Association of glucose homeostasis and metabolic syndrome with knee cartilage defects and cartilage volume in young adults

Tao Meng, Benny Antony, Alison Venn, Brooklyn Fraser, Flavia Cicuttini, Lyn March, Marita Cross, Terence Dwyer, Graeme Jones, Laura L. Laslett, Changhai Ding

Research output: Contribution to journalArticleResearchpeer-review

Abstract

Objective: To describe the associations of glucose homeostasis and metabolic syndrome (MetS) measures with knee cartilage defects and cartilage volume in young adults. Methods: Fasting blood biochemistry, waist circumference and blood pressure measures were collected 4–5 years prior to knee magnetic resonance imaging (MRI) scans. Blood measures included levels of glucose, insulin, triglyceride and high-density lipoprotein cholesterol (HDL-C). Homeostatic model assessment 2-insulin resistance (HOMA2-IR), HOMA2-beta cell function (HOMA2-β), HOMA2-insulin sensitivity (HOMA-S) and MetS were calculated or defined. Knee cartilage defects and cartilage volume were measured from MRI scans. Data were analysed using log binomial or linear regressions. Results: Among 328 participants (47.3% were females, aged 26–36 years at baseline), 40 (12.7%) had hyperglycaemia and 21 (6.7%) had MetS. Glucose homeostasis measures (except fasting glucose) were associated with tibiofemoral cartilage defects (fasting insulin: relative risk (RR) 1.05, 95% confidence interval (CI) 1.01 to 1.08; HOMA2-IR: 1.44, 1.08 to 1.92; HOMA2-β: 2.59, 1.33 to 5.07; HOMA2-S: 0.36, 0.18 to 0.72), but not patellar cartilage defects. There were no associations between glucose homeostasis measures and knee cartilage volume. High waist circumference (RR 2.32, 95% CI 1.18 to 4.54) and low HDL-C (RR 1.99, 95% CI 1.08 to 3.69) were associated with tibiofemoral cartilage defects, but no other associations were observed between MetS or its components and cartilage defects or volume. Conclusion: Insulin resistance, high waist circumference and low HDL-C were associated with higher risk of tibiofemoral cartilage defects, suggesting glucose homeostasis and some MetS components may affect early cartilage damage in young adults.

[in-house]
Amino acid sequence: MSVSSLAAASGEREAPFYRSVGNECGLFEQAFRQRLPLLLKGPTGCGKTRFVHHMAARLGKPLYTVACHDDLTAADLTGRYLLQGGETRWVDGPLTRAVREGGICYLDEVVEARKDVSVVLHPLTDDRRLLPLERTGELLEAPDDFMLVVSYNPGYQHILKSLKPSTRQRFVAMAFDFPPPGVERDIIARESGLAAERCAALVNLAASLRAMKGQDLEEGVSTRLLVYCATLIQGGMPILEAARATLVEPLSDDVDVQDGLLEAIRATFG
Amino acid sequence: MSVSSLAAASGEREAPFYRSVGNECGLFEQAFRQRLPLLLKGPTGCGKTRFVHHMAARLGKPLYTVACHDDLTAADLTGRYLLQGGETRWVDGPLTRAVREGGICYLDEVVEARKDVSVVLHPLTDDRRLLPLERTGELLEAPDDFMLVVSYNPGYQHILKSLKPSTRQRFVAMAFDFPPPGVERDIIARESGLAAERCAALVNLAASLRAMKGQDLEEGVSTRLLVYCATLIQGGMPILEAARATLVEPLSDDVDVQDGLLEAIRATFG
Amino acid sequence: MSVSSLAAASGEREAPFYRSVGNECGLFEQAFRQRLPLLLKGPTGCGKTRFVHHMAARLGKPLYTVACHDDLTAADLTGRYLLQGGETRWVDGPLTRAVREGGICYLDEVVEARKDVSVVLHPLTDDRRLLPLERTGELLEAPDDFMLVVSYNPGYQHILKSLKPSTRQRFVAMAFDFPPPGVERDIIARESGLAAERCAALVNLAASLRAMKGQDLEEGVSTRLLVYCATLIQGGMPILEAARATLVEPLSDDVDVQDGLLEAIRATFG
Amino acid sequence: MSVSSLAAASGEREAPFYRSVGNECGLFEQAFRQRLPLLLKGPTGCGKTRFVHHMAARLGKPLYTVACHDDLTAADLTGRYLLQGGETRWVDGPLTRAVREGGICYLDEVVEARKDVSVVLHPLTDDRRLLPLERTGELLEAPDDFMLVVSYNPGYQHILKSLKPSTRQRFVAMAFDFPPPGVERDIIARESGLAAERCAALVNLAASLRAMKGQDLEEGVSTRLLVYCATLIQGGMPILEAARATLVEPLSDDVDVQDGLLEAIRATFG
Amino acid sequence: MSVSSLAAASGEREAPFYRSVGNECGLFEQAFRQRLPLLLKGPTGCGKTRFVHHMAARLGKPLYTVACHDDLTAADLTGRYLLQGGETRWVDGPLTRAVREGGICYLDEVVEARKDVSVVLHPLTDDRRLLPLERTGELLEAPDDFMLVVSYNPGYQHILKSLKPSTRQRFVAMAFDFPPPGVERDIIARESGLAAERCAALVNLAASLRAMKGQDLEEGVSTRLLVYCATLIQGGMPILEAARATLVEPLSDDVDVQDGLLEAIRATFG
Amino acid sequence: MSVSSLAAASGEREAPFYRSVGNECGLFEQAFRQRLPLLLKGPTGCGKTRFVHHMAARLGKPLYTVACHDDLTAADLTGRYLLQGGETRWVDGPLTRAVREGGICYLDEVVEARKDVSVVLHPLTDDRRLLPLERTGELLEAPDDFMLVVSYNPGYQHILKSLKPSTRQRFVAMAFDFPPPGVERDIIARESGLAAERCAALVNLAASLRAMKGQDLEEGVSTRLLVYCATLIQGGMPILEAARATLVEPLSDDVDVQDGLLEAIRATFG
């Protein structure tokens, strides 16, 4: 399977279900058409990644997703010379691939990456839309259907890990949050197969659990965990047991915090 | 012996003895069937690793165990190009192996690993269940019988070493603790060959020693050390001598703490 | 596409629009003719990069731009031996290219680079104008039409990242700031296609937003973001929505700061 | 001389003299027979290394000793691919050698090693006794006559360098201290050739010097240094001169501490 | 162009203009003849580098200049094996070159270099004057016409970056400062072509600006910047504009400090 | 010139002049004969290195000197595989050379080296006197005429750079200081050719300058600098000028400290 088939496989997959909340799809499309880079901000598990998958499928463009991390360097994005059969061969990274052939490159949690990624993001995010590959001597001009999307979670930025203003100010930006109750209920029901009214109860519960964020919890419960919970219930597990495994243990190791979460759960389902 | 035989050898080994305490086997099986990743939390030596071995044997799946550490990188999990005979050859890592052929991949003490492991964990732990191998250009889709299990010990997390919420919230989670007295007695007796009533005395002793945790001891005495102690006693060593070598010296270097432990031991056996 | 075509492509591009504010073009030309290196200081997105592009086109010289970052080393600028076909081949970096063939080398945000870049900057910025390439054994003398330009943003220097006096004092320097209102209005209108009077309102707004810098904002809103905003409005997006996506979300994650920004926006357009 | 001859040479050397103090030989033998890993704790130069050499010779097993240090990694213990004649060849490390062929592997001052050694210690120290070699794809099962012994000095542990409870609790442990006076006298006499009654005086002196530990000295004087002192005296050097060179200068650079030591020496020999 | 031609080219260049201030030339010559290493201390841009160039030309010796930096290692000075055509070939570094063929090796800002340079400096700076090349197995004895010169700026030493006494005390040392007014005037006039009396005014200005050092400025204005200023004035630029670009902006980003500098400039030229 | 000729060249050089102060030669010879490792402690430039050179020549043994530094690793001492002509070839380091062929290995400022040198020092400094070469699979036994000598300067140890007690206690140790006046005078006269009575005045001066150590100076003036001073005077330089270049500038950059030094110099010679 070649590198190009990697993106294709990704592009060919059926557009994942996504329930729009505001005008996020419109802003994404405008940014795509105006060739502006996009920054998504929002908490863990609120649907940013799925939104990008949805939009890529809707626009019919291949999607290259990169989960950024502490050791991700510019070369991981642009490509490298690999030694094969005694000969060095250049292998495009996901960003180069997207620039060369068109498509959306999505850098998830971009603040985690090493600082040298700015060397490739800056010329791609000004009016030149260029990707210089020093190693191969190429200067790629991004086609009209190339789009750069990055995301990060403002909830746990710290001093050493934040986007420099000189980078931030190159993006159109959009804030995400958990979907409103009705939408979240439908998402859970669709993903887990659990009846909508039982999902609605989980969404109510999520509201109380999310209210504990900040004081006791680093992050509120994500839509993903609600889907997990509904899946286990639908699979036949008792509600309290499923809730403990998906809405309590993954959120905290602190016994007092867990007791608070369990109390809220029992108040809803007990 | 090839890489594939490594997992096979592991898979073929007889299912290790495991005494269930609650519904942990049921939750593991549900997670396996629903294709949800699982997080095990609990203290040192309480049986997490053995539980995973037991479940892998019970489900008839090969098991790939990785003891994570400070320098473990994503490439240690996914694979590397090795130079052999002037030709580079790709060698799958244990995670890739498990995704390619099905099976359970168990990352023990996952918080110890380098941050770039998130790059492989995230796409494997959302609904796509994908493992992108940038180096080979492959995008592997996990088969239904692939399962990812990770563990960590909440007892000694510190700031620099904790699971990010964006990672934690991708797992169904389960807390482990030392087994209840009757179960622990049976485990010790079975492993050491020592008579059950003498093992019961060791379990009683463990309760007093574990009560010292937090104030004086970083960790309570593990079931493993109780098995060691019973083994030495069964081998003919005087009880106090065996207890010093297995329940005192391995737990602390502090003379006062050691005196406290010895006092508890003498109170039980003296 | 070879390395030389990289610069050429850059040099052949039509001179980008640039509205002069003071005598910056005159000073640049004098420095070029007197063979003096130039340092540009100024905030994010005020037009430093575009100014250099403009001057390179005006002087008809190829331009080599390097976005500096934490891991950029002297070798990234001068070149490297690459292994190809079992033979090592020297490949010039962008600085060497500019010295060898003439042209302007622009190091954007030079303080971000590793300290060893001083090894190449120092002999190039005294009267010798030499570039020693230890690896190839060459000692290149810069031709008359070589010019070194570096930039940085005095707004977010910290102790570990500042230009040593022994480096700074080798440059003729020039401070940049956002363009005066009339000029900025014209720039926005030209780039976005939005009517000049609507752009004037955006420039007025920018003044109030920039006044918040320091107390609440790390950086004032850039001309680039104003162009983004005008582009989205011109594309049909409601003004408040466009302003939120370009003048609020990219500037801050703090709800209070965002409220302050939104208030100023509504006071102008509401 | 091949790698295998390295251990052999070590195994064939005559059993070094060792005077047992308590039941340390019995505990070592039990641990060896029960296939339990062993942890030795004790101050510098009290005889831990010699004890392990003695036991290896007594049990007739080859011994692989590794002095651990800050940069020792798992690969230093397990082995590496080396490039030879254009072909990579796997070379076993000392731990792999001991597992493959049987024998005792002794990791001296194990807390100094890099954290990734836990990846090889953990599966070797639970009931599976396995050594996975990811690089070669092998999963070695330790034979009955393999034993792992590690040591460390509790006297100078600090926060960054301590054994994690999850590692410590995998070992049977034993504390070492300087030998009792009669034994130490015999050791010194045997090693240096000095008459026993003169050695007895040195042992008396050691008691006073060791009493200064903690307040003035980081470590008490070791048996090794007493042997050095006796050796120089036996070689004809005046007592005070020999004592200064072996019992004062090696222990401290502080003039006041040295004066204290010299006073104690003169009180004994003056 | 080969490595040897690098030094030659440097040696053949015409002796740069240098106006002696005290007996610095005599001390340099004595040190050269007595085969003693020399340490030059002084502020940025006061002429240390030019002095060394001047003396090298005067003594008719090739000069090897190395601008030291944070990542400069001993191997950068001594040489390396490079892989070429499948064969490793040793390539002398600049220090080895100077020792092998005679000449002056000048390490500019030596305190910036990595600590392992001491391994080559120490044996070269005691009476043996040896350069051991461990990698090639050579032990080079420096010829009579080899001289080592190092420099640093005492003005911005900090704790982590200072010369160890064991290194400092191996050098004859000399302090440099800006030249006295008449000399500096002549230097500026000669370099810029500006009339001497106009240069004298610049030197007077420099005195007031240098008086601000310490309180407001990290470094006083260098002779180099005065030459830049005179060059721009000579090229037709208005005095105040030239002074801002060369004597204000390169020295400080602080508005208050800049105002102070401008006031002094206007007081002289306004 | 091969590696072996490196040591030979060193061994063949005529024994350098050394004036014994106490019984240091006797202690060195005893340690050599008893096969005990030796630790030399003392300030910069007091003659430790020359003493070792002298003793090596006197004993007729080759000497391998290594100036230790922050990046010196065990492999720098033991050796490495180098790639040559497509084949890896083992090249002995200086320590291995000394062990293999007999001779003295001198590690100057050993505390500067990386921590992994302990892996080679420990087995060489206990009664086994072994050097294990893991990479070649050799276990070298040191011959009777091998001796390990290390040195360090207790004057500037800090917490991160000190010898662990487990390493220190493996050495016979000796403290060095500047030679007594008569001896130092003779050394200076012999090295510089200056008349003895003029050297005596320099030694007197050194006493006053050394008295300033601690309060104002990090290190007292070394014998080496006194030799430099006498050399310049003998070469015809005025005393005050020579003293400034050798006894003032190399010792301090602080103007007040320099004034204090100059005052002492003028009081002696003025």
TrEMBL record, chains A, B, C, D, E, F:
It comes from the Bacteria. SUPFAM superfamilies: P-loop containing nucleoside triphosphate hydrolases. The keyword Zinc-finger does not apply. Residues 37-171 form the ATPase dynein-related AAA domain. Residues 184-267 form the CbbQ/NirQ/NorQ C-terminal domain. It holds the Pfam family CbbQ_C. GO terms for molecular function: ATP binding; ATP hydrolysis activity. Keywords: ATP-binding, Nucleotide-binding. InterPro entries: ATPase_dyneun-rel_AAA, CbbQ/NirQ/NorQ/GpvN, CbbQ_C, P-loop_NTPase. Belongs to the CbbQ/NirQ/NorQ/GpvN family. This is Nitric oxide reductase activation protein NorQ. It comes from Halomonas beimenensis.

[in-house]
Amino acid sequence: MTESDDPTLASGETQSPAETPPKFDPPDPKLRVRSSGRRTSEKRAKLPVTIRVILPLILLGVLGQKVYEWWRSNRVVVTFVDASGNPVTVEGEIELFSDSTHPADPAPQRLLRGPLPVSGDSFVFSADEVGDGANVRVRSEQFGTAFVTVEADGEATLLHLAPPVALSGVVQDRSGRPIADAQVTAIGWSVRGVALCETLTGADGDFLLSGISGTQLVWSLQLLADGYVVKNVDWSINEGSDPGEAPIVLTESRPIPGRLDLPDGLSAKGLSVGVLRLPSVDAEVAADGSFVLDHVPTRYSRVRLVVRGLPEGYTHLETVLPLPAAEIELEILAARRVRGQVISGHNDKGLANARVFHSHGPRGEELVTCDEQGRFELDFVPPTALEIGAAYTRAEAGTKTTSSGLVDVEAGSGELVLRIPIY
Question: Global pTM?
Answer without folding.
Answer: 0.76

Original languageEnglish
Pages (from-to)192-197
Number of pages6
JournalSeminars in Arthritis and Rheumatism
Volume50
Issue number2
DOIs
Publication statusPublished - Apr 2020

Keywords

  • Glucose homeostasis
  • Knee cartilage
  • Metabolic syndrome
  • Young adults

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